Police hopeful of using new fingerprinting devices roadside

12:07 pm on 16 May 2024
Fingerprint reader. Biometric security system

The police have asked tech companies what they can offer and at what price. File pic Photo: 123RF

The police say if they get new fingerprinting devices, they will aim to use at the roadside on drivers they intend to charge, as the law allows.

A tender shows they want to add 130 or so portable fingerprint biometric recording devices, and replace another 50 fixed ones at police stations that have been in use for several years.

The police have asked tech companies what they can offer and at what price.

They currently have about 20 old fingerprint scanners hooked up to cameras in booze buses, and aim to improve that.

"Police are seeking information from the market to understand and assess alternative technology to improve but replicate the current process for mobile road safety biometric capture for persons police intend to charge," police told RNZ.

One advance if they buy new devices and a support system would be the ability to search scanned images using algorithms.

The law allows for taking biometric information in "mobile road safety" environments.

The portable devices would also be used to capture prints left at crime scene.

Young man during crime investigation in office

A police officer looks for fingerprints at the scene of a crime. File pic Photo: 123RF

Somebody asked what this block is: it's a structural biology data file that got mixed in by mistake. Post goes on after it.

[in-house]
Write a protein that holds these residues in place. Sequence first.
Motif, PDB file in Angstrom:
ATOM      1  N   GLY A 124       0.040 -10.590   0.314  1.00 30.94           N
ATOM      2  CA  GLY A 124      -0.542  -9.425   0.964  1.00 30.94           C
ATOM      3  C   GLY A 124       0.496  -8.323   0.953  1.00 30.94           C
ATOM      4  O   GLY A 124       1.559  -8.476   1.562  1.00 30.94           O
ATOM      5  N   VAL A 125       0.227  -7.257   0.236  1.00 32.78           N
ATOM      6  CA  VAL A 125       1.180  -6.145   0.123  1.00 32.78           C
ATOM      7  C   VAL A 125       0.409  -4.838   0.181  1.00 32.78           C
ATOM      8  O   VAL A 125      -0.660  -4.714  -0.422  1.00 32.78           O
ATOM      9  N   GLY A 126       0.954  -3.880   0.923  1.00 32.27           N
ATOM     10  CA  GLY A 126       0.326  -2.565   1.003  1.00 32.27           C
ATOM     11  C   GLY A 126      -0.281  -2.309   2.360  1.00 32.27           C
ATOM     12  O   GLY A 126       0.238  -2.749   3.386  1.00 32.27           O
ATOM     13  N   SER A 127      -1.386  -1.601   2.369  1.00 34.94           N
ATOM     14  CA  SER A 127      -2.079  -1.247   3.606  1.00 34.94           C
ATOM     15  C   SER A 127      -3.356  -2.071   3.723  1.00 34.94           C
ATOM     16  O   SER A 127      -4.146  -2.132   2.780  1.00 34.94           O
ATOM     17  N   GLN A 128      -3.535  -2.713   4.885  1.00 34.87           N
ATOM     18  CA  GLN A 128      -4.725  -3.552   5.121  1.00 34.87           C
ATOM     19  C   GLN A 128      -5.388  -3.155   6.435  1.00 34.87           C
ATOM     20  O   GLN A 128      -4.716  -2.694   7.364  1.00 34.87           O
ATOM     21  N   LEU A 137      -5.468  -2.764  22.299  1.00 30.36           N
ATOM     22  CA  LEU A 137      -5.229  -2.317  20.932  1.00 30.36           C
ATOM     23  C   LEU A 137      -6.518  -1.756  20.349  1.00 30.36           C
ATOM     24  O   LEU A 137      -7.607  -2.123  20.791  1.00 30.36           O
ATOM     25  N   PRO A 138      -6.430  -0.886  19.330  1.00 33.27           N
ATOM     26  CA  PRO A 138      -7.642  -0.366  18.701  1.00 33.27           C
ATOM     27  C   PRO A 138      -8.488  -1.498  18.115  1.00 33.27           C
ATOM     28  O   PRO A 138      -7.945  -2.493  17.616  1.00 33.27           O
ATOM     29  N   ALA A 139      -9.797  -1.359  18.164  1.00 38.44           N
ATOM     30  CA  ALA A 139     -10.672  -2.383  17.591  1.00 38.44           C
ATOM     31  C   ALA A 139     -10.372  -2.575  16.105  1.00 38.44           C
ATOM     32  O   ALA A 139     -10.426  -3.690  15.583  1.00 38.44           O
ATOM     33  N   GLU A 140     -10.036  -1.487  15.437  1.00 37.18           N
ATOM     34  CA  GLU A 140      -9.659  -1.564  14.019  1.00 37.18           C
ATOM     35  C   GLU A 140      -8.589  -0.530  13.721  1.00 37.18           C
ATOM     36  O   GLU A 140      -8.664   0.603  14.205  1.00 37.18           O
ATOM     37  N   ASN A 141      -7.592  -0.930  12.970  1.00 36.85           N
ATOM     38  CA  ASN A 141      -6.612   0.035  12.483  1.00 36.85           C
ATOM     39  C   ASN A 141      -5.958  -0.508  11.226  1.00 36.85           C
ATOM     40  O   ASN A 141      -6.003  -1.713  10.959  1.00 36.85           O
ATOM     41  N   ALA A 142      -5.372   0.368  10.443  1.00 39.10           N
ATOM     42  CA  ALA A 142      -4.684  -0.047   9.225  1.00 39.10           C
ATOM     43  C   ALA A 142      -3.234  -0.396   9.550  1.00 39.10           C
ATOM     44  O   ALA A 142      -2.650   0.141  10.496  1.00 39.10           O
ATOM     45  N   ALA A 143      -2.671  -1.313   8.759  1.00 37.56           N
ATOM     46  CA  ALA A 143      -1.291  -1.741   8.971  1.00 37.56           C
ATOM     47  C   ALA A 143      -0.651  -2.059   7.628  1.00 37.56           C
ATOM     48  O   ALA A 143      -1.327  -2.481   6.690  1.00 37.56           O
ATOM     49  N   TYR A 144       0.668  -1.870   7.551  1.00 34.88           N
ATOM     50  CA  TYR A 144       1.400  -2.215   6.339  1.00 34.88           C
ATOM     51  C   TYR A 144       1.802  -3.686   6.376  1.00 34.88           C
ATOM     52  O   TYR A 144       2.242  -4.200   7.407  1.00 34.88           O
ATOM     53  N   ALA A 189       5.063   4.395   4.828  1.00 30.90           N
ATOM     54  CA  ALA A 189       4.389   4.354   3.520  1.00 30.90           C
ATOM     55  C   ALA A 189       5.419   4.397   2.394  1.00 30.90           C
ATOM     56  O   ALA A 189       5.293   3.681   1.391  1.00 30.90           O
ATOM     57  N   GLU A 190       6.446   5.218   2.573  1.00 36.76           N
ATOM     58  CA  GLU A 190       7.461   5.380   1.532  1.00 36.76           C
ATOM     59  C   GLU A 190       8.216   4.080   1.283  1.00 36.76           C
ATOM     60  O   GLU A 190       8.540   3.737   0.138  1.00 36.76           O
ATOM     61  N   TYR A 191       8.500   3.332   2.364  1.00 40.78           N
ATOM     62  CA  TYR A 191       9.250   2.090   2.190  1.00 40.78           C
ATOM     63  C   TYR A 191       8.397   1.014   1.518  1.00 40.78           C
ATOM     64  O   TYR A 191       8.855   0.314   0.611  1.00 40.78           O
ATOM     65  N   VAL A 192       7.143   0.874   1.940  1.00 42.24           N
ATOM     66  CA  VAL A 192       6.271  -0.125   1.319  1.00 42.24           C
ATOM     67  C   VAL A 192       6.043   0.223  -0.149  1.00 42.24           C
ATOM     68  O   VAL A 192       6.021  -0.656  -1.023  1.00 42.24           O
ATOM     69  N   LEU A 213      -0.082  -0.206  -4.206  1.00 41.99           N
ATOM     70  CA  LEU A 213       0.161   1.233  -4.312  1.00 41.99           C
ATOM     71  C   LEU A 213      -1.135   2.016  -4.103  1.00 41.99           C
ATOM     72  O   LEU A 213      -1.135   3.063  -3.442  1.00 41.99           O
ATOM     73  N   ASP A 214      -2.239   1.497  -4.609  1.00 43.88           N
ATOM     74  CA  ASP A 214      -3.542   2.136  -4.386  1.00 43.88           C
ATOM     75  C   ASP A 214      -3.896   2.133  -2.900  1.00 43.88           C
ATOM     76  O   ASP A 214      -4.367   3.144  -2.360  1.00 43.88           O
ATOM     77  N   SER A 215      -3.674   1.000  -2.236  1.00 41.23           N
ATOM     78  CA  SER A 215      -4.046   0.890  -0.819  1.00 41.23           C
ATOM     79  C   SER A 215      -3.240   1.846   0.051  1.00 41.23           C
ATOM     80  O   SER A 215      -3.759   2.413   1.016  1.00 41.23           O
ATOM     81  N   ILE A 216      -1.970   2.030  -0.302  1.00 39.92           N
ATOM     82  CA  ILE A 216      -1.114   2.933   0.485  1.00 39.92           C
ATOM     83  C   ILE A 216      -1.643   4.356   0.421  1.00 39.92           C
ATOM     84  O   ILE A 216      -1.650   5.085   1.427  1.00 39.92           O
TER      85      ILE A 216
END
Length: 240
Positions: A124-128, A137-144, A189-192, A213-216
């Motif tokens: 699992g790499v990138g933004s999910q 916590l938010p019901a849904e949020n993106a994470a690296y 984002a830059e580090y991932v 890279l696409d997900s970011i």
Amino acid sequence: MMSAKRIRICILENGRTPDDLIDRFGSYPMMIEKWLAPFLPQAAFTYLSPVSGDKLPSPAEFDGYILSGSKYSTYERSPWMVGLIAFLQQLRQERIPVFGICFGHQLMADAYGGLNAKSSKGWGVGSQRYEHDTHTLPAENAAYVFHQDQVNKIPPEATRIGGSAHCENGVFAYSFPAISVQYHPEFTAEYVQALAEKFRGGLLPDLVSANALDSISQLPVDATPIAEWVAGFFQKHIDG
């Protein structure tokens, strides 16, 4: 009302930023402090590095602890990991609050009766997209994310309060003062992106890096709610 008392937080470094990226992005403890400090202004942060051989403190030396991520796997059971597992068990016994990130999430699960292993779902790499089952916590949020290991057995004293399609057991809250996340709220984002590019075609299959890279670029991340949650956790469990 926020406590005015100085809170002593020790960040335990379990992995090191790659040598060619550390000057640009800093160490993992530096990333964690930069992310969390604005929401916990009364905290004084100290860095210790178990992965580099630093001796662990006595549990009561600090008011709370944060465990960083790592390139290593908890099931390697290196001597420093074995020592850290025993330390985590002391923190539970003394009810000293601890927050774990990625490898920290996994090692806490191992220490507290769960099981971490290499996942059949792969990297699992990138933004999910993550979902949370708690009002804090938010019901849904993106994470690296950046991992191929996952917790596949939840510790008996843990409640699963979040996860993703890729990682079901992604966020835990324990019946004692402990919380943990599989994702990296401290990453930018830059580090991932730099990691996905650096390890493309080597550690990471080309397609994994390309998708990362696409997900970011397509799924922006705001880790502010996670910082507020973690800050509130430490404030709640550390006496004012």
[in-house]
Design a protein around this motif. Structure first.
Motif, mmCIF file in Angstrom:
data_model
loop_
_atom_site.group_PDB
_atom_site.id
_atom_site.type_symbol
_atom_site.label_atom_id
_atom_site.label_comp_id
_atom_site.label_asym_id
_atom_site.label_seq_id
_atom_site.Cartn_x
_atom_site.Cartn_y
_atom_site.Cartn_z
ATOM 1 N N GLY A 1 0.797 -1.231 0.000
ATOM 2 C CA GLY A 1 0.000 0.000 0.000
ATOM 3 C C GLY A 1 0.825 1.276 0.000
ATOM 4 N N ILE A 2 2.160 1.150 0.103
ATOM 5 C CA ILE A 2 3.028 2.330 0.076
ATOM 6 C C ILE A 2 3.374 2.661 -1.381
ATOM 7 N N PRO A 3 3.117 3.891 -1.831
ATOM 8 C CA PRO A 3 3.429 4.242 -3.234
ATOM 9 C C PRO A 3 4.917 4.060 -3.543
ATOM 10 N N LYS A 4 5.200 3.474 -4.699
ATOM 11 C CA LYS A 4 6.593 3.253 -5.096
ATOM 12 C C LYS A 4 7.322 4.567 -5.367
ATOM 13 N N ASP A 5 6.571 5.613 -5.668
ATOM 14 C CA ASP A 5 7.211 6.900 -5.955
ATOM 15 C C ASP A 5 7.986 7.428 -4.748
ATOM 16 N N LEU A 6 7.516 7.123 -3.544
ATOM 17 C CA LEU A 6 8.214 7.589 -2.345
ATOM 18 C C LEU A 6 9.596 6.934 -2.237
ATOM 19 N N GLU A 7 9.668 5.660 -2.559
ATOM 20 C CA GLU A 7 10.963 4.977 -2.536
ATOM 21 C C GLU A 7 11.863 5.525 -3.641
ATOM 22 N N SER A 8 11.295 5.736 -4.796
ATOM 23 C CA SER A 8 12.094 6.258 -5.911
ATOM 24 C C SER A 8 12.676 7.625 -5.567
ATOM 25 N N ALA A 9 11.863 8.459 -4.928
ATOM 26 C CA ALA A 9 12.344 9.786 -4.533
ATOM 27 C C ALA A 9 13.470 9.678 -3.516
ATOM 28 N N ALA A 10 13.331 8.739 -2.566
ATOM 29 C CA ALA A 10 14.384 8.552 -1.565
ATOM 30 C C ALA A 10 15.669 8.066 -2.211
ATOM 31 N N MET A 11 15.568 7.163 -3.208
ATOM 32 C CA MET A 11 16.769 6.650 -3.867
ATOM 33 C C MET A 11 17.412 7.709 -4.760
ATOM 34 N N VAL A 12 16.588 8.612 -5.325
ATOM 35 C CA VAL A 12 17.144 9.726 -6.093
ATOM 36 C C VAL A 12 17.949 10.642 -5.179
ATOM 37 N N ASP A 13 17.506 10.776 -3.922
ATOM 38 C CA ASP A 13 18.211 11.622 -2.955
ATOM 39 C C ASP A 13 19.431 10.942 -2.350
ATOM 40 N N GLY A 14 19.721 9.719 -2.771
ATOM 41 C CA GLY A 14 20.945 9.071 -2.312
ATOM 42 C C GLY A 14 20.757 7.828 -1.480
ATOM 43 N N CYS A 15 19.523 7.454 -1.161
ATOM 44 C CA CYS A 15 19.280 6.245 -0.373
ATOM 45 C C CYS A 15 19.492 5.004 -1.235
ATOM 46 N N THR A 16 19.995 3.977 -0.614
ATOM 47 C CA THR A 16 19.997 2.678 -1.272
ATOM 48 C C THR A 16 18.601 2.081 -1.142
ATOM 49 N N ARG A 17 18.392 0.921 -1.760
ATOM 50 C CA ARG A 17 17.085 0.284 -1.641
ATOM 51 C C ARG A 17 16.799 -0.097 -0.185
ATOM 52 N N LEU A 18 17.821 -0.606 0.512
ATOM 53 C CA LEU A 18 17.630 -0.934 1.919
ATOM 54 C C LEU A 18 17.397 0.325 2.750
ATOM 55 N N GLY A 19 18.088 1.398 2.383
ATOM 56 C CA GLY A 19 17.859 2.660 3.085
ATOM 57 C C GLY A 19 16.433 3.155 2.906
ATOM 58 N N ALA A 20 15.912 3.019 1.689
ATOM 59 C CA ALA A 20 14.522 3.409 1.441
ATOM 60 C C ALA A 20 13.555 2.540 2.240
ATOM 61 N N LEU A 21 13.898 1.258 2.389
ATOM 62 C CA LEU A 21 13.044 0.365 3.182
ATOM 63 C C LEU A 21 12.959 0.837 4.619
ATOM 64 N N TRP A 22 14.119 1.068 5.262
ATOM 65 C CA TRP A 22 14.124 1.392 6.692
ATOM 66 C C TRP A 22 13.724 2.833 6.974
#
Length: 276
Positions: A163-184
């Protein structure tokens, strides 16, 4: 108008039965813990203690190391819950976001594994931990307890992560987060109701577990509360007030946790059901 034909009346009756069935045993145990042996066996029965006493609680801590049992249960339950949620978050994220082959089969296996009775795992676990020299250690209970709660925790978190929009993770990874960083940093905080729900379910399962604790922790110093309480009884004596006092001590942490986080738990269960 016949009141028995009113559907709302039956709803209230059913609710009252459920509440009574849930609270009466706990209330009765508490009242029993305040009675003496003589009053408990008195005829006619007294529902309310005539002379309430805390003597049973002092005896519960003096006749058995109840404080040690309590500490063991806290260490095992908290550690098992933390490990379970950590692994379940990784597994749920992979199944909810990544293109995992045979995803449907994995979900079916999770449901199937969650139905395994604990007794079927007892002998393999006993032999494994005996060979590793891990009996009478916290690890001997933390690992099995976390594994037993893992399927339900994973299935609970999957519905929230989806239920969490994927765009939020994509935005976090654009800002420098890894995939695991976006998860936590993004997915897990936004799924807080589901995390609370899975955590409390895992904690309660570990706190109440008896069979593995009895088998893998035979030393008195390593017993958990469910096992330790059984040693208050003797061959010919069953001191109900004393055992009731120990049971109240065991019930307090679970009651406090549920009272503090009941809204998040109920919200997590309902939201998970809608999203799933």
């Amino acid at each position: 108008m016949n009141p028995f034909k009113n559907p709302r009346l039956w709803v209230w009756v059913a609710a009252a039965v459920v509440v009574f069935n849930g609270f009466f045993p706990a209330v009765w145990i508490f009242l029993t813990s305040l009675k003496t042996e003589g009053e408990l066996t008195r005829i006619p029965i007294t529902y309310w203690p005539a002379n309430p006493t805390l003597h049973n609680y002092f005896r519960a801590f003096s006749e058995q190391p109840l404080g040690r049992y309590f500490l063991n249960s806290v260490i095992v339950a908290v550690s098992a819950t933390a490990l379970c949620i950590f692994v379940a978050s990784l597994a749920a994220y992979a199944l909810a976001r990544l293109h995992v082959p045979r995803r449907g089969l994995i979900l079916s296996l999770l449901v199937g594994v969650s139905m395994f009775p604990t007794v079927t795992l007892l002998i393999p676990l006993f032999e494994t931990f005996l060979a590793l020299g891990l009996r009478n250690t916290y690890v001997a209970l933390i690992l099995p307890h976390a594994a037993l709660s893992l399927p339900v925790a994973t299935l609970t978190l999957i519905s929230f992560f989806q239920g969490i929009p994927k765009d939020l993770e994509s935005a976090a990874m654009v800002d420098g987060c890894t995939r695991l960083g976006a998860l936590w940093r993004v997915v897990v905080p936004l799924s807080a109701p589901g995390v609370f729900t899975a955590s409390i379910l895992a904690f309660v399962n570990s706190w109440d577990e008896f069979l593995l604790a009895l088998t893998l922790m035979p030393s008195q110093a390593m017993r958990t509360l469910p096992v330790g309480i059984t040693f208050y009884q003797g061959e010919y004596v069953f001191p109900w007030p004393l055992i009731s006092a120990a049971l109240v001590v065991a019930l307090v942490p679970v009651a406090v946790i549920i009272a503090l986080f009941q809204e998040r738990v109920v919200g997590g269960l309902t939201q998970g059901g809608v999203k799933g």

New Zealand is following overseas policing trends on this.

Portable biometric recording devices or scanners - handheld devices that gather fingerprint, iris, facial, and other biological information about subjects in the field - have proliferated at US and UK police departments for well over a decade.

"Police officers across the country will soon be able to check an individual's identity at the roadside within two minutes," a UK police news site said in 2008.

Last year, the UK's biometrics commissioner repeated a criticism that police had a "culture" of retaining fingerprints, DNA and other biometric images when they should have deleted them.

Proponents of portable biometrics say it boosts police efficiency and helps law enforcement keep people safe.

The market is growing and many companies are aggressively marketing the devices.

Market analysts have projected fourfold growth in the global fingerprint biometrics market in a decade, to $120 billion by 2032, driven in part by [https://www.alliedmarketresearch.com/fingerprint-biometrics-market

"key technological developments"] but constrained by "operational concerns related to privacy, security".

"Agencies are modernising their policing practices when it comes to verifying suspects from the field with Rapid ID, which brings new-found levels of efficiency and intelligence to officers on patrol around the globe ... during routine traffic stops and daily encounters while on the beat," said an online post from US company HID, that links to a video showing UK police using mobile fingerprinting.

HID now owns Florida company Crossmatch, which provided the scanners currently used on New Zealand police booze buses.

If police here opt to buy new devices, they might provide the back-office storage and network themselves, but also might go all out with switching to what is known as software-as-a-service, a tender document showed.

Police would vet any company staff who provided support, it said.

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